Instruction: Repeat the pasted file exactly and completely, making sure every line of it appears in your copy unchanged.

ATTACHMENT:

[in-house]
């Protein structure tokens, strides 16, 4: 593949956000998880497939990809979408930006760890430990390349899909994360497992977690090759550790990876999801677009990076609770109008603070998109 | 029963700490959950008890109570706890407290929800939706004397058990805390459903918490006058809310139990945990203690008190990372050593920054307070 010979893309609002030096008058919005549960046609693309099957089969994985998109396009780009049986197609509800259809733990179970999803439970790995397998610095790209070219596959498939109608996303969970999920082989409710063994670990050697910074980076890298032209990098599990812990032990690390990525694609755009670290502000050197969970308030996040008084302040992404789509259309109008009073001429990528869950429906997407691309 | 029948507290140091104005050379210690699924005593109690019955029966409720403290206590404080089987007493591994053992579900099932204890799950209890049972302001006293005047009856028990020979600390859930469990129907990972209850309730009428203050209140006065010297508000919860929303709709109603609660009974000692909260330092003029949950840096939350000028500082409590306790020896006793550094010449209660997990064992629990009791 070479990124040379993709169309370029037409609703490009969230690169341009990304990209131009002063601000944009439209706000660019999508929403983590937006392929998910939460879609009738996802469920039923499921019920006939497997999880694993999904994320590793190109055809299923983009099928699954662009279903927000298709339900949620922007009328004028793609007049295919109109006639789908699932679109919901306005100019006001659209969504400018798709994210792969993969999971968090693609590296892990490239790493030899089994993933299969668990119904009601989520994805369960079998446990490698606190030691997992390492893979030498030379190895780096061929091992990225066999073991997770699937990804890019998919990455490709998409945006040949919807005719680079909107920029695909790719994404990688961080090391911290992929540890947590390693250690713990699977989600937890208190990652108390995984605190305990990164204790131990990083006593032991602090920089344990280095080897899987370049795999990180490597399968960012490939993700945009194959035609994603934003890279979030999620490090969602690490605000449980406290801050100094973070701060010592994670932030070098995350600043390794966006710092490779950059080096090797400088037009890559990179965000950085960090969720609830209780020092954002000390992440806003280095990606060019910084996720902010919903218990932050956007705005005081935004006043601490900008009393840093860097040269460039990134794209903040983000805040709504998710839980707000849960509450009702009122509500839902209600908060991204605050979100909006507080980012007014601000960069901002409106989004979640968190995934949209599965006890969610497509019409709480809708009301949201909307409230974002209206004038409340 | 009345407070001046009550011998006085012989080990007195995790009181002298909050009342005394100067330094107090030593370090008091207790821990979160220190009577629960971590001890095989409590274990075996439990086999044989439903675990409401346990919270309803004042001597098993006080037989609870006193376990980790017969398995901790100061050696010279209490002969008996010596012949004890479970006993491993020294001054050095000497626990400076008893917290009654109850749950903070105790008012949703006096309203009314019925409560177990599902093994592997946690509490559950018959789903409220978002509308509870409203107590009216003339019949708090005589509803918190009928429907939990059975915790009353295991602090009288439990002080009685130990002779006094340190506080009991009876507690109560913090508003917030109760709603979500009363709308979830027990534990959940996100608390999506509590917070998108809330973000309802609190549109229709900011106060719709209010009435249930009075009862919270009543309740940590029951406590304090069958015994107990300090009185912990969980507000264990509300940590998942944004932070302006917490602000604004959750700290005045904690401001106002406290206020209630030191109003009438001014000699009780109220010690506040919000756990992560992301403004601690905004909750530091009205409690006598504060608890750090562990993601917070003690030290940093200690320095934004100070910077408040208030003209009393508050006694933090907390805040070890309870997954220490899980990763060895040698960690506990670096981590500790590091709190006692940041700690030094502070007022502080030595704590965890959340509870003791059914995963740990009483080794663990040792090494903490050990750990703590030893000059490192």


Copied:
[in-house]
């Protein structure tokens, strides 16, 4: 593949956000998880497939990809979408930006760890430990390349899909994360497992977690090759550790990876999801677009990076609770109008603070998109 | 029963700490959950008890109570706890407290929800939706004397058990805390459903918490006058809310139990945990203690008190990372050593920054307070 010979893309609002030096008058919005549960046609693309099957089969994985998109396009780009049986197609509800259809733990179970999803439970790995397998610095790209070219596959498939109608996303969970999920082989409710063994670990050697910074980076890298032209990098599990812990032990690390990525694609755009670290502000050197969970308030996040008084302040992404789509259309109008009073001429990528869950429906997407691309 | 029948507290140091104005050379210690699924005593109690019955029966409720403290206590404080089987007493591994053992579900099932204890799950209890049972302001006293005047009856028990020979600390859930469990129907990972209850309730009428203050209140006065010297508000919860929303709709109603609660009974000692909260330092003029949950840096939350000028500082409590306790020896006793550094010449209660997990064992629990009791 070479990124040379993709169309370029037409609703490009969230690169341009990304990209131009002063601000944009439209706000660019999508929403983590937006392929998910939460879609009738996802469920039923499921019920006939497997999880694993999904994320590793190109055809299923983009099928699954662009279903927000298709339900949620922007009328004028793609007049295919109109006639789908699932679109919901306005100019006001659209969504400018798709994210792969993969999971968090693609590296892990490239790493030899089994993933299969668990119904009601989520994805369960079998446990490698606190030691997992390492893979030498030379190895780096061929091992990225066999073991997770699937990804890019998919990455490709998409945006040949919807005719680079909107920029695909790719994404990688961080090391911290992929540890947590390693250690713990699977989600937890208190990652108390995984605190305990990164204790131990990083006593032991602090920089344990280095080897899987370049795999990180490597399968960012490939993700945009194959035609994603934003890279979030999620490090969602690490605000449980406290801050100094973070701060010592994670932030070098995350600043390794966006710092490779950059080096090797400088037009890559990179965000950085960090969720609830209780020092954002000390992440806003280095990606060019910084996720902010919903218990932050956007705005005081935004006043601490900008009393840093860097040269460039990134794209903040983000805040709504998710839980707000849960509450009702009122509500839902209600908060991204605050979100909006507080980012007014601000960069901002409106989004979640968190995934949209599965006890969610497509019409709480809708009301949201909307409230974002209206004038409340 | 009345407070001046009550011998006085012989080990007195995790009181002298909050009342005394100067330094107090030593370090008091207790821990979160220190009577629960971590001890095989409590274990075996439990086999044989439903675990409401346990919270309803004042001597098993006080037989609870006193376990980790017969398995901790100061050696010279209490002969008996010596012949004890479970006993491993020294001054050095000497626990400076008893917290009654109850749950903070105790008012949703006096309203009314019925409560177990599902093994592997946690509490559950018959789903409220978002509308509870409203107590009216003339019949708090005589509803918190009928429907939990059975915790009353295991602090009288439990002080009685130990002779006094340190506080009991009876507690109560913090508003917030109760709603979500009363709308979830027990534990959940996100608390999506509590917070998108809330973000309802609190549109229709900011106060719709209010009435249930009075009862919270009543309740940590029951406590304090069958015994107990300090009185912990969980507000264990509300940590998942944004932070302006917490602000604004959750700290005045904690401001106002406290206020209630030191109003009438001014000699009780109220010690506040919000756990992560992301403004601690905004909750530091009205409690006598504060608890750090562990993601917070003690030290940093200690320095934004100070910077408040208030003209009393508050006694933090907390805040070890309870997954220490899980990763060895040698960690506990670096981590500790590091709190006692940041700690030094502070007022502080030595704590965890959340509870003791059914995963740990009483080794663990040792090494903490050990750990703590030893000059490192």